Has Apathy Become a Side Effect of COVID-19?

Early this August, a heartfelt video went viral of sheep that formed a beautiful heart shape in rural Australia. Sheep farmer Ben Jackson dedicated this beautiful gesture to his aunt whose funeral he was not able to attend due to COVID restrictions in Australia – “The realization of not being able to go and say ‘cheerio’ sunk in and I felt completely and utterly helpless and hopeless” Jackson said according to the Washington Post “It hurts. It hurts a whole bunch” he added. The video touched many hearts. The beautiful gesture and the pain Ben felt resonated with many of us. The shear devotion and admiration of the act almost made you forget the injustice and cruelty of the fact just how normal it has become, to not be able to see a loved one during these COVID times and not do things that are a vital part of the human existence – such as mourn at a funeral with loved ones or be there for birthdays or big life events. At this point in the pandemic, which ever country you may be in, a certain kind of limitation to your existence has become well normal. And we have lost a slither of empathy for each other in the process.

COVID-19 has had a lot of effects on peoples lives. To list them out would take a long time and to be honest, wouldn’t really be an interesting article. Since there was no life untouched by this virus, the effects of it have been plentiful. For some people it was medical, for others they were hit with grief, while others struggled with mental health issues or with their finances – the list goes on and on. The lasting effect of all these traumas will linger in our lives just like the virus seems to. Things we could never even think of came out as a side effect of having a global pandemic. For example the divide in opinions on how the pandemic should be handled or the various sentiments about wearing masks and not to be forgotten – the amplifying voices of anti-vaxers. While everyone talks about the side effects of the vaccine. One side effect presides over all of them and is found everywhere: The rise of apathy.

Since the start of the pandemic, there has been an overall divide in opinions of how a pandemic should be handled. This rift caused the creation of two universal camps that have come to oppose each other. In all this time, this rift has become so great there has been little empathy or compassion between the different groups. Neither side has tried to put themselves in other people’s shoes or understand where they are coming from. While we are all gathering facts about the camps that we are already, we are not spending the time exploring what may have lead to differences in opinions in the first place. The question I do get asked when I raise this argument is: Should we? Should we try to reason with people that refuse to see our point of view no matter how hard we try to come from an understanding and compassionate place? As the quote goes by Mark Twain: “Never argue with an idiot. They will drag you down to their level and beat you with experience”. It’s fair enough to say either side thinks the others are idiots, so what is the point of having the conversation anyway? I leave it up to each person, if you feel you have the energy to discuss, by all means. Conversation is the only way things have ever gotten done in this world in large scale in the first place. We forget how much talking to one another can get us places, so even trying a little might make strides in the right direction.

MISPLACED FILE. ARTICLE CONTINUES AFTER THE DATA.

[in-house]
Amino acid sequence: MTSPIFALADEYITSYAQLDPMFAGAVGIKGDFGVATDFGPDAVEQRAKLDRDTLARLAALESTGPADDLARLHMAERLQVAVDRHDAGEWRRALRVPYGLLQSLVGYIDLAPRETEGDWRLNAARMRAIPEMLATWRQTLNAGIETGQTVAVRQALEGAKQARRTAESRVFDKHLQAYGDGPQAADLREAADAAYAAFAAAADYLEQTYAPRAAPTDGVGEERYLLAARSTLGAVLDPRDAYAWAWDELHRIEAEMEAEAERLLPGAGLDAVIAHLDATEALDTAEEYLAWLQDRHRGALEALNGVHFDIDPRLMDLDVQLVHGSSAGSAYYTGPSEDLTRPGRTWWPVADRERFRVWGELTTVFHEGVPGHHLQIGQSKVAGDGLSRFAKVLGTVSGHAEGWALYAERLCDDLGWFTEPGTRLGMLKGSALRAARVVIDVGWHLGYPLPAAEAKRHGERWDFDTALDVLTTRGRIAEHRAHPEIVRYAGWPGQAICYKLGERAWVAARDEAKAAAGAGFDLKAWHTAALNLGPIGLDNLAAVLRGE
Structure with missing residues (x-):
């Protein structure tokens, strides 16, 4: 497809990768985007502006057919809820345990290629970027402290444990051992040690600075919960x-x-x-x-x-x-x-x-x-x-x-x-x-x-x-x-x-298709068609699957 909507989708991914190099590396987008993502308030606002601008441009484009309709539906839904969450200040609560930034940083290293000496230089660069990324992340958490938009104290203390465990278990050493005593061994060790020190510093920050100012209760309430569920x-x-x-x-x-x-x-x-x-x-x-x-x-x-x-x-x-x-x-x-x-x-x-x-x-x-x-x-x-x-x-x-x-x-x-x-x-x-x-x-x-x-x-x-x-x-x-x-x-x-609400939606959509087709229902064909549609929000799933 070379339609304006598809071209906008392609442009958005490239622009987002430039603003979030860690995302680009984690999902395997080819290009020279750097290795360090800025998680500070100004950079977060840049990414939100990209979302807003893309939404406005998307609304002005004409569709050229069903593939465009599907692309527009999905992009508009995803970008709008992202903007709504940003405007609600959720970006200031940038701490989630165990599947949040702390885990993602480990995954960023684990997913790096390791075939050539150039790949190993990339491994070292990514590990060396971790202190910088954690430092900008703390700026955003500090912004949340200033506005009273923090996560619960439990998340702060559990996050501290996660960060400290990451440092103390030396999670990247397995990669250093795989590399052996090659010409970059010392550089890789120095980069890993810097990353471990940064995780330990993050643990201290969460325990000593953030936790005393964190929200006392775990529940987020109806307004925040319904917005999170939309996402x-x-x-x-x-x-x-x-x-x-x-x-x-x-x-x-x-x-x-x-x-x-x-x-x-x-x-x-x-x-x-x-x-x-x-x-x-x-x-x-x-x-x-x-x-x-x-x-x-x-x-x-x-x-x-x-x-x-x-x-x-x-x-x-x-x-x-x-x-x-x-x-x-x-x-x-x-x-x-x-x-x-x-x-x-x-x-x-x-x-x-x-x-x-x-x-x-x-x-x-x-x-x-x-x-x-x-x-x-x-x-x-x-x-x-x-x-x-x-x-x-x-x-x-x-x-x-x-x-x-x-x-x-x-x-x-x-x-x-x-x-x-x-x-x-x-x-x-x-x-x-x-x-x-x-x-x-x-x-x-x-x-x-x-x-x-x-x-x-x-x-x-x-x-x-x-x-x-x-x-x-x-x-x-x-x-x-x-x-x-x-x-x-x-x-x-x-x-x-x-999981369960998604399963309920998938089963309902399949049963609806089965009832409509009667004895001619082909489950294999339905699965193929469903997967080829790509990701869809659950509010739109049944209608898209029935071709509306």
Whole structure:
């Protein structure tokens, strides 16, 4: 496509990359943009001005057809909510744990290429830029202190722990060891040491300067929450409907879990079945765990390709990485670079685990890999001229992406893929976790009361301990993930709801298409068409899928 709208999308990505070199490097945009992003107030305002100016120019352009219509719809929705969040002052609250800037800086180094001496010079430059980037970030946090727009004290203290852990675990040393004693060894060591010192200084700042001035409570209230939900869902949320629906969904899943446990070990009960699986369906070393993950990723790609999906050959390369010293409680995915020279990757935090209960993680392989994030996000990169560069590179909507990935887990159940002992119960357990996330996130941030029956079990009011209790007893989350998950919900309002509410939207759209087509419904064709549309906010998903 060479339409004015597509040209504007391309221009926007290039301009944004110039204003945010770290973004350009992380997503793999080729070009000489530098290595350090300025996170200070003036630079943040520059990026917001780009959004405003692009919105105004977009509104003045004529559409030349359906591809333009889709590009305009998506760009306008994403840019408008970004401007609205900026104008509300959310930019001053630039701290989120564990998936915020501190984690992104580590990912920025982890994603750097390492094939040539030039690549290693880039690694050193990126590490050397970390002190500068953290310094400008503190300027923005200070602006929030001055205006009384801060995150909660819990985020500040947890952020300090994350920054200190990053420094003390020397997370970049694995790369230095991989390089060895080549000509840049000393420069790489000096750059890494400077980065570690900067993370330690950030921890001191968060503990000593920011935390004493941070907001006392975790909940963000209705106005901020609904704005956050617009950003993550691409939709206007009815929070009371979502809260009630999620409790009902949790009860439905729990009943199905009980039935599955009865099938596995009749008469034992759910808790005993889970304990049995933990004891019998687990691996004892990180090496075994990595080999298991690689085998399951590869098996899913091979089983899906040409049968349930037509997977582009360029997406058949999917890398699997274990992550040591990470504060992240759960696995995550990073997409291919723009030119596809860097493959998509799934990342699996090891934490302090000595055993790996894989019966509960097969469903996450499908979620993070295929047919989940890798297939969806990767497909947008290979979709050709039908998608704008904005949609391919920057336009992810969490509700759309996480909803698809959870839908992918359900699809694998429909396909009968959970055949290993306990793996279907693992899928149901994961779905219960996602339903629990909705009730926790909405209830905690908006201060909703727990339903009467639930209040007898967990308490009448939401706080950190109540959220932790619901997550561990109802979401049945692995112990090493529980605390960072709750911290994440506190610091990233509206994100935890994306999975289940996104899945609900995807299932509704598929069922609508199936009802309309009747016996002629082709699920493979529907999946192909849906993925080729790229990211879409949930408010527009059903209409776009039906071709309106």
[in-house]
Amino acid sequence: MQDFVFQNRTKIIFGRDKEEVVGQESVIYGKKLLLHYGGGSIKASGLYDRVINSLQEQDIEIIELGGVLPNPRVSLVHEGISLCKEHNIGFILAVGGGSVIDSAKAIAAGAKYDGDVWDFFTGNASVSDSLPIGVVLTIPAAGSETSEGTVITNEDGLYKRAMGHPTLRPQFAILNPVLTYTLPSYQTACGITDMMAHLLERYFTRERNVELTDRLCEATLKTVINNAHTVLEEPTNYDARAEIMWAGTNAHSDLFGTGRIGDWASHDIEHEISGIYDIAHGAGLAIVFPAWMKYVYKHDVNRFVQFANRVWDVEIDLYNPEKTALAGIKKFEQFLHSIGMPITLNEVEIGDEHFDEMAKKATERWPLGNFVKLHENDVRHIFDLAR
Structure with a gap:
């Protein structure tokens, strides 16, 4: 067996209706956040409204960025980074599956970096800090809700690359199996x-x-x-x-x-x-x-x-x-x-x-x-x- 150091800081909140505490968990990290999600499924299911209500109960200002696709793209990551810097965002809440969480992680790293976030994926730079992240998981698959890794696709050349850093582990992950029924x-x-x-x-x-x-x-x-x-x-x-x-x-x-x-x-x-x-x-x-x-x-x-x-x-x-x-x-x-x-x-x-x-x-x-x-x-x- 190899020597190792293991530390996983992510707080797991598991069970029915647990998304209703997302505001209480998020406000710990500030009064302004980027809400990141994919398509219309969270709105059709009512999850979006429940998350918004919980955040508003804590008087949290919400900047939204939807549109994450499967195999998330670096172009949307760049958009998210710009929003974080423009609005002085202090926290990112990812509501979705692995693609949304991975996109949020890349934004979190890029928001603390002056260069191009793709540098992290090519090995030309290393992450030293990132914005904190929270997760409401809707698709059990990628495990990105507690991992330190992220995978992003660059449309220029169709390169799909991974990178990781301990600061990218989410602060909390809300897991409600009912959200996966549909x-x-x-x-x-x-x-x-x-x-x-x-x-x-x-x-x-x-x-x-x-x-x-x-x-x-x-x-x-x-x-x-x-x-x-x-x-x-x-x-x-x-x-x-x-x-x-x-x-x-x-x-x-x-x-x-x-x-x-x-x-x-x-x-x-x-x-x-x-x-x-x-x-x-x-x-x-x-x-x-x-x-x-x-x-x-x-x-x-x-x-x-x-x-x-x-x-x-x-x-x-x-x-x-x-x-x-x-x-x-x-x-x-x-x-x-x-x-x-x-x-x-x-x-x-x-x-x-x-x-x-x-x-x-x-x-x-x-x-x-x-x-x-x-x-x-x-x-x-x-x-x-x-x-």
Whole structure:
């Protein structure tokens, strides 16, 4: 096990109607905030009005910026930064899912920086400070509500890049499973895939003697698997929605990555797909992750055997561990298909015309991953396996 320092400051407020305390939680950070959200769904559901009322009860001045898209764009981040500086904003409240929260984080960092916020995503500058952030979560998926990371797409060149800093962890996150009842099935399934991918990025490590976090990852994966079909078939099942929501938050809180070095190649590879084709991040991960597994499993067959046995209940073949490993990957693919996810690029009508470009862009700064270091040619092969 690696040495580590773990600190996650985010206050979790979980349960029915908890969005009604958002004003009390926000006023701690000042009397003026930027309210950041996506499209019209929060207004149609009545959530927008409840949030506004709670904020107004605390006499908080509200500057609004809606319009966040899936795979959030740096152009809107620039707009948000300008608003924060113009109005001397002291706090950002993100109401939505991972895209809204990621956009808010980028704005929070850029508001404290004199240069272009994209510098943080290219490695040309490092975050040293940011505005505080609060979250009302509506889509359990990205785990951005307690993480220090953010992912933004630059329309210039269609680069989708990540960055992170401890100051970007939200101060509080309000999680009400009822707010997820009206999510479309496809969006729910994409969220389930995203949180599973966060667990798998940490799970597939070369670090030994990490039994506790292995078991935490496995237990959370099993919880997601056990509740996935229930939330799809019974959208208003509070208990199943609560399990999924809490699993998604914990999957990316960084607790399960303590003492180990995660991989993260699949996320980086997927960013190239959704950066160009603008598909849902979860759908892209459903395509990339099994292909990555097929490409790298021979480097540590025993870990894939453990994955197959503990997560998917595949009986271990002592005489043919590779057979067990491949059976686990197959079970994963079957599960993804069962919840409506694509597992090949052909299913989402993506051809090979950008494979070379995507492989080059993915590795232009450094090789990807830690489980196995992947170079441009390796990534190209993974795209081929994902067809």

But I’m not just saying empathy has gone down between pro-vaxxers and anti-vaxxers. I mean across the board. In general, the pandemic has caused the sentiment of self perseverance has come to higher levels than known before. For example, when someone tells me they can’t wear a mask because they get rashes, I have to say I cannot contain rolling my eyes. When people say they want to fly half way across the country to see their families, we consider them selfish and putting their families in danger. When someone says they want to stay locked up at home till the remainder of days, we think they are crazy and overreacting. There is only a slim window of tolerance we are all exerting and it has to fit with our specific view of how we see the world and specifically, how we should all behave during the pandemic. If it doesn’t fit, we do not accept it. When life is good, it’s easier to be more understanding and kind. When we are under constant stress and concern, barely keeping it together, it’s harder to find kindness towards the world. Especially for those that have lost loved ones. It’s not wrong to take care of yourself. There’s nothing wrong with having little room for empathy during hard times. It’s just that well – being apathetic is isolating and to some extent quite exhausting.

Just like the virus itself, I don’t have a cure for the rise in apathy. The one thing I can say the world has always been a little bit of a better place with more empathy in it. Not like empathy will help us beat the pandemic but perhaps with a little more empathy we might become a mere bit more tolerable.

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